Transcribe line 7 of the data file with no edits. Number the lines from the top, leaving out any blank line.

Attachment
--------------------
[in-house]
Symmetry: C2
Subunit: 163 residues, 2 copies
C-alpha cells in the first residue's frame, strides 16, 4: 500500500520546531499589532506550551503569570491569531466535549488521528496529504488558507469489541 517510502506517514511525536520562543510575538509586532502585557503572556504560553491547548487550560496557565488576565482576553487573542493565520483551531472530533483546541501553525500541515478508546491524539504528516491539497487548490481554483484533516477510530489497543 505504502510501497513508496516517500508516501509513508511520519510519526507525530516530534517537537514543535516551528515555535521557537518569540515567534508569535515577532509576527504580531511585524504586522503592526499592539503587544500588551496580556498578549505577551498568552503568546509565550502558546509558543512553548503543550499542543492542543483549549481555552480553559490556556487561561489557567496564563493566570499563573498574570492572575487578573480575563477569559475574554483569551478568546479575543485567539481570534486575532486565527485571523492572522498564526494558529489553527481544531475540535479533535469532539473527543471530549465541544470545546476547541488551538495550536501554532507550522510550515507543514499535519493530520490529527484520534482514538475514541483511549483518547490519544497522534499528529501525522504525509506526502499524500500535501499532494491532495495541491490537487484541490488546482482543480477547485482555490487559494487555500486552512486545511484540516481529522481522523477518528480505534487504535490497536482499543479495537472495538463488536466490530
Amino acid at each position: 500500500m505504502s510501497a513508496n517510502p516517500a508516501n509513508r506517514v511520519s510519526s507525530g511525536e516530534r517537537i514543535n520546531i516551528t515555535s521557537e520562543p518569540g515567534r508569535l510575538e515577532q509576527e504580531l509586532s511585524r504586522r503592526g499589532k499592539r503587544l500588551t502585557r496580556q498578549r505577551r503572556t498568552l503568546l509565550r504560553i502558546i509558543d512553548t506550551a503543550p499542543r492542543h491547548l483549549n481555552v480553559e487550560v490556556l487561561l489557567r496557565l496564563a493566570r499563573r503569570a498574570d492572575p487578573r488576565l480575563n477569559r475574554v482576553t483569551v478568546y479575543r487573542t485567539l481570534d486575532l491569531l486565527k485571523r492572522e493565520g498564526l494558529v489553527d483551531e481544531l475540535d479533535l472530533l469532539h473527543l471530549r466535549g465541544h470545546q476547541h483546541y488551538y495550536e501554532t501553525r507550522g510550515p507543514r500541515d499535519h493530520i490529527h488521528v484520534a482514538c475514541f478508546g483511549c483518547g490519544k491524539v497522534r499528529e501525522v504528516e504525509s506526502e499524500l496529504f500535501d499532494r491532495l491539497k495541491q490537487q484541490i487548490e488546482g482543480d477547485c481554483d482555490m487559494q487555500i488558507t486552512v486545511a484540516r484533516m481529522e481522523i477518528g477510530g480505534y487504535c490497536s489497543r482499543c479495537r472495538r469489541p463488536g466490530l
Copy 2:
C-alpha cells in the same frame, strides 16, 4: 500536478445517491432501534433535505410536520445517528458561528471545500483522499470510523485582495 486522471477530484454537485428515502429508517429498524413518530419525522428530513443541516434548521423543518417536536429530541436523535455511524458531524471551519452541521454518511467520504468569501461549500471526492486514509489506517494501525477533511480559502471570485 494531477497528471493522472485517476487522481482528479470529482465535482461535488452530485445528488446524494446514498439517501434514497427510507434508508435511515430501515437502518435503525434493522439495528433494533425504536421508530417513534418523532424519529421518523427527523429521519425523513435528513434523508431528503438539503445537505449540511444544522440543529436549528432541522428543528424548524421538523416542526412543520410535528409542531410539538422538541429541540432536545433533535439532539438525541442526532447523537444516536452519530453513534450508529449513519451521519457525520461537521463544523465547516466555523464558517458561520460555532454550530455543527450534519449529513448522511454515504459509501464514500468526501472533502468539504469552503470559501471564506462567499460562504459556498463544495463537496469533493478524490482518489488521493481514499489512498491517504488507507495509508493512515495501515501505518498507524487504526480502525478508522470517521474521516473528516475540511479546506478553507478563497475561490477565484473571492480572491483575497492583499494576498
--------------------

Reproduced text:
C-alpha cells in the same frame, strides 16, 4: 500536478445517491432501534433535505410536520445517528458561528471545500483522499470510523485582495 486522471477530484454537485428515502429508517429498524413518530419525522428530513443541516434548521423543518417536536429530541436523535455511524458531524471551519452541521454518511467520504468569501461549500471526492486514509489506517494501525477533511480559502471570485 494531477497528471493522472485517476487522481482528479470529482465535482461535488452530485445528488446524494446514498439517501434514497427510507434508508435511515430501515437502518435503525434493522439495528433494533425504536421508530417513534418523532424519529421518523427527523429521519425523513435528513434523508431528503438539503445537505449540511444544522440543529436549528432541522428543528424548524421538523416542526412543520410535528409542531410539538422538541429541540432536545433533535439532539438525541442526532447523537444516536452519530453513534450508529449513519451521519457525520461537521463544523465547516466555523464558517458561520460555532454550530455543527450534519449529513448522511454515504459509501464514500468526501472533502468539504469552503470559501471564506462567499460562504459556498463544495463537496469533493478524490482518489488521493481514499489512498491517504488507507495509508493512515495501515501505518498507524487504526480502525478508522470517521474521516473528516475540511479546506478553507478563497475561490477565484473571492480572491483575497492583499494576498